The Interpersonal Reactivity Index (Davis, 1980, 1983) is a measure of dispositional empathy that takes as its starting point the notion that empathy consists of a set of separate but related constructs. The instrument contains four seven-item subscales, each tapping a separate facet of empathy. The perspective taking (PT) scale measures the reported tendency to spontaneously adopt the psychological point of view of others in everyday life (“I sometimes try to understand my friends better by imagining how things look from their perspective”). The empathic concern (EC) scale assesses the tendency to experience feelings of sympathy and compassion for unfortunate others (“I often have tender, concerned feelings for people less fortunate than me”). The personal distress (PD) scale taps the tendency to experience distress and discomfort in response to extreme distress in others (“Being in a tense emotional situation scares me”). The fantasy (FS) scale measures the tendency to imaginatively transpose oneself into fictional situations (“When I am reading an interesting story or novel, I imagine how I would feel if the events in the story were happening to me”).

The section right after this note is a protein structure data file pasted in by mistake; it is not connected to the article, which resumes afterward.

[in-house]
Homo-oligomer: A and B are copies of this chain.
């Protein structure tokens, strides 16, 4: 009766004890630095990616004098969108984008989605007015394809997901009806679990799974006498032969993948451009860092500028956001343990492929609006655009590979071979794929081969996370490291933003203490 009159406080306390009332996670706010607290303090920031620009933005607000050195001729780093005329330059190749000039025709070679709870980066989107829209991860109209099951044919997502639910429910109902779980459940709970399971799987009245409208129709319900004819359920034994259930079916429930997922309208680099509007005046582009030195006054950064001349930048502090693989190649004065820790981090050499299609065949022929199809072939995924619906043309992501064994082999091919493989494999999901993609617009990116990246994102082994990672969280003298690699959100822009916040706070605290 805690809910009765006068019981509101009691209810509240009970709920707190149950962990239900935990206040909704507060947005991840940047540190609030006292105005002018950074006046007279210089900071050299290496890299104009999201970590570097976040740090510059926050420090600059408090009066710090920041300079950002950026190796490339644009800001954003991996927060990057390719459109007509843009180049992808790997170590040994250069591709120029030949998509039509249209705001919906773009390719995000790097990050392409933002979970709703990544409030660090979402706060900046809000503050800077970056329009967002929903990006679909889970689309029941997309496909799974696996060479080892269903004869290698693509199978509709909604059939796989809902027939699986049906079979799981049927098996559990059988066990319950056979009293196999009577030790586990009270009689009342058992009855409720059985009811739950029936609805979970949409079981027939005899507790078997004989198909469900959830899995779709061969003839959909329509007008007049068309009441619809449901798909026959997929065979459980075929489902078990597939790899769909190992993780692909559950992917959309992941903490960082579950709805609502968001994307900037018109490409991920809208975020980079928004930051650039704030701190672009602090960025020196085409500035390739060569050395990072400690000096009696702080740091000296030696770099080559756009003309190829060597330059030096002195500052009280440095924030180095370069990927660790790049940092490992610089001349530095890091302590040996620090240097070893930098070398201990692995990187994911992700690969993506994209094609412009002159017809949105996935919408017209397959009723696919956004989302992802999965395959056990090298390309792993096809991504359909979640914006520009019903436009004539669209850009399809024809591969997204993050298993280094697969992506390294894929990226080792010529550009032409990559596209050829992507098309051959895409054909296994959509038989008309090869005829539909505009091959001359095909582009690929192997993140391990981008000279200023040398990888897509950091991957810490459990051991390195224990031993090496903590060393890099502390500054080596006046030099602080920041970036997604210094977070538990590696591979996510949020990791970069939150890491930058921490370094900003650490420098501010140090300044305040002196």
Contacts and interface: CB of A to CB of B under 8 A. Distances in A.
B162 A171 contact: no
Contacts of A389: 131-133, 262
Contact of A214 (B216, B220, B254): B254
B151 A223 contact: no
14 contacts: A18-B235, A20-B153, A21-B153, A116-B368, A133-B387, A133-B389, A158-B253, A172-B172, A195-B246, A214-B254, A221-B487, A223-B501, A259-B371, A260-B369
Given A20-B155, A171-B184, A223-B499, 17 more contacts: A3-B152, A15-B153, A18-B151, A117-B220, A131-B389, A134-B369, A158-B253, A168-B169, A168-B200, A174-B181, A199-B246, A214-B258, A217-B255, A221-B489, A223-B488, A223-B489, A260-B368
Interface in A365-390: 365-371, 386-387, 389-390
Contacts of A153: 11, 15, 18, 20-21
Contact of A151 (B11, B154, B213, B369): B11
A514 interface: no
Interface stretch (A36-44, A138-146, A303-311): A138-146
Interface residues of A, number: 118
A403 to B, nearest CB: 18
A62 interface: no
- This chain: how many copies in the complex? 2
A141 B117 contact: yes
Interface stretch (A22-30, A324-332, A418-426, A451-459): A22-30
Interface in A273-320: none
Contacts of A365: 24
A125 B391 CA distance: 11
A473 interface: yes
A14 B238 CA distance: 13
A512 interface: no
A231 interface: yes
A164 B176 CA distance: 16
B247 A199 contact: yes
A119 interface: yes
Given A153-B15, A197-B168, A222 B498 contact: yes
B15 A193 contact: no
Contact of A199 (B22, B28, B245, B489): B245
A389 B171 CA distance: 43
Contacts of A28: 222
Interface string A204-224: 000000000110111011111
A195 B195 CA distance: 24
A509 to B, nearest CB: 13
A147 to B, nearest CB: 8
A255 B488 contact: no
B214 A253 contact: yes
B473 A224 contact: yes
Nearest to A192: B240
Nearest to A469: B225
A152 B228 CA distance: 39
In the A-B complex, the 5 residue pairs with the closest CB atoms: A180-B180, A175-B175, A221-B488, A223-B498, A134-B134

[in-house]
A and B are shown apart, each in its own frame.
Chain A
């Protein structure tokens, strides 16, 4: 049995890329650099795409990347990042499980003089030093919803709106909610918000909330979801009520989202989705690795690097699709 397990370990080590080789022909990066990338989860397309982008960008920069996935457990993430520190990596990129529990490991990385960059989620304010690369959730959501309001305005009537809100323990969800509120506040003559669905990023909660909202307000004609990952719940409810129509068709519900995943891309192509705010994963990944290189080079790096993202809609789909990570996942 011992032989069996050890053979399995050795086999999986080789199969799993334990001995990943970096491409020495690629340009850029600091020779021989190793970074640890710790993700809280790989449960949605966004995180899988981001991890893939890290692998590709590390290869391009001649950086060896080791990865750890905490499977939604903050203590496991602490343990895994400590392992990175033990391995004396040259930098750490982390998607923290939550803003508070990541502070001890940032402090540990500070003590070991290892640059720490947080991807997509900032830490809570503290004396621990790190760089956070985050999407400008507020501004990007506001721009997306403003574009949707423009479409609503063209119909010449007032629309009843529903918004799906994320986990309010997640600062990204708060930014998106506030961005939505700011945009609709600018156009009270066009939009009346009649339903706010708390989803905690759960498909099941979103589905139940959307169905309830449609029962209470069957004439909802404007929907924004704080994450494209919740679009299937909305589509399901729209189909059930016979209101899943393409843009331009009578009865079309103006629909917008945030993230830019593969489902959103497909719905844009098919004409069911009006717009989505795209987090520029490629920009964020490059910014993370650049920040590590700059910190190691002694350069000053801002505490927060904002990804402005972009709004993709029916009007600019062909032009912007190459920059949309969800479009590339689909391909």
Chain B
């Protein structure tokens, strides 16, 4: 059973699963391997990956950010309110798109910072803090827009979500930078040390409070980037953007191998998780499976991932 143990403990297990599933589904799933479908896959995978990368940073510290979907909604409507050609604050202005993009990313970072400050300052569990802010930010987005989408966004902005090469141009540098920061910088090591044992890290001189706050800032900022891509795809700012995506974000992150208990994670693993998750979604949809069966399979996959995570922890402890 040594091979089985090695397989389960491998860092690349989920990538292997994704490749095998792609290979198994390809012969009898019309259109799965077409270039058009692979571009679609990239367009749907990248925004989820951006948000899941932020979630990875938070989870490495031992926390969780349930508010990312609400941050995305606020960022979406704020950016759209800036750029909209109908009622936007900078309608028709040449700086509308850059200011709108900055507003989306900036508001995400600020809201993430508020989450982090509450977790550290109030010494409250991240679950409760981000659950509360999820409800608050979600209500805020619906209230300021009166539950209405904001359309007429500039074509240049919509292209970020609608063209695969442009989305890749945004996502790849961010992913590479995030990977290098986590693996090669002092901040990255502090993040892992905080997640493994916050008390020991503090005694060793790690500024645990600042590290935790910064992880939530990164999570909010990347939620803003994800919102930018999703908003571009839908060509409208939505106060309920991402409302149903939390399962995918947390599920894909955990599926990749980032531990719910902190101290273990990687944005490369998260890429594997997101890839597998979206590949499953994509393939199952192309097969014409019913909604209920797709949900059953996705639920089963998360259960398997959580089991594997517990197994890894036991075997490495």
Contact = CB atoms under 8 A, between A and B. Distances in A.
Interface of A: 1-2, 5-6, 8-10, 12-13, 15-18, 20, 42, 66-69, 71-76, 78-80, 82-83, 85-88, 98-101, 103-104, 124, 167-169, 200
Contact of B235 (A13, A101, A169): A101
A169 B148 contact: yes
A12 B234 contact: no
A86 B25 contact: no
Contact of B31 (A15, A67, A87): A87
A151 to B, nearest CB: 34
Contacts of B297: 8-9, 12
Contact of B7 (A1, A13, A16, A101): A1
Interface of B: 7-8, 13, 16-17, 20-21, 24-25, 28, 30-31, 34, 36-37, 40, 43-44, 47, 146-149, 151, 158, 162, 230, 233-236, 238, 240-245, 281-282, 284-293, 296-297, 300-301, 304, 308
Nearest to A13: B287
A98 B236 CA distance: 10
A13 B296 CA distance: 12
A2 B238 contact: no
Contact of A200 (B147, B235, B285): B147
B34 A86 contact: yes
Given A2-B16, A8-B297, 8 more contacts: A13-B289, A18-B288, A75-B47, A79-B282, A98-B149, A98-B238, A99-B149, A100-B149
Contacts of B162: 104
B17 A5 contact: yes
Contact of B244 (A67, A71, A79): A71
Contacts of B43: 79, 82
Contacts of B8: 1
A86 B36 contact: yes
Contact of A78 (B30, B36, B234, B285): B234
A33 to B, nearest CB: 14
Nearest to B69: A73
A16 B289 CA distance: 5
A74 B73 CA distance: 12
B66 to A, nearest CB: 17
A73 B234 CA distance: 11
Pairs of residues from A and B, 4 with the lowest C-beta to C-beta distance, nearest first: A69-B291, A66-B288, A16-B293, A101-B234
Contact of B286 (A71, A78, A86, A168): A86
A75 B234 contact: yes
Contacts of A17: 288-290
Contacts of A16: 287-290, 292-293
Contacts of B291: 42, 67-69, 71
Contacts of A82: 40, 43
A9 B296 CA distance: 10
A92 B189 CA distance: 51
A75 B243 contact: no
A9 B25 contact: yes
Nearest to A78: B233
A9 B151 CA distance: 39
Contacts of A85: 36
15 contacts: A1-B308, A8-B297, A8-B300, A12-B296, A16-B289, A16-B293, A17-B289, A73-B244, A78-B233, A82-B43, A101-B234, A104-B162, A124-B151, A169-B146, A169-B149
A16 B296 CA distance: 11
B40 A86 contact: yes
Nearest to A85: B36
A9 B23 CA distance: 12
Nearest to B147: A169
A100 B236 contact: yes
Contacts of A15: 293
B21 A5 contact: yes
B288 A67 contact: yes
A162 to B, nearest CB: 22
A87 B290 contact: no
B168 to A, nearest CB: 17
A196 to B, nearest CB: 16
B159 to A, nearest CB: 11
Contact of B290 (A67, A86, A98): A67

- Davis, M. H. (1980). A multidimensional approach to individual differences in empathy. JSAS Catalog of Selected Documents in Psychology, 10, 85.
- Davis, M. H. (1983). Measuring individual differences in empathy: Evidence for a multidimensional approach. Journal of Personality and Social Psychology, 44, 113-126.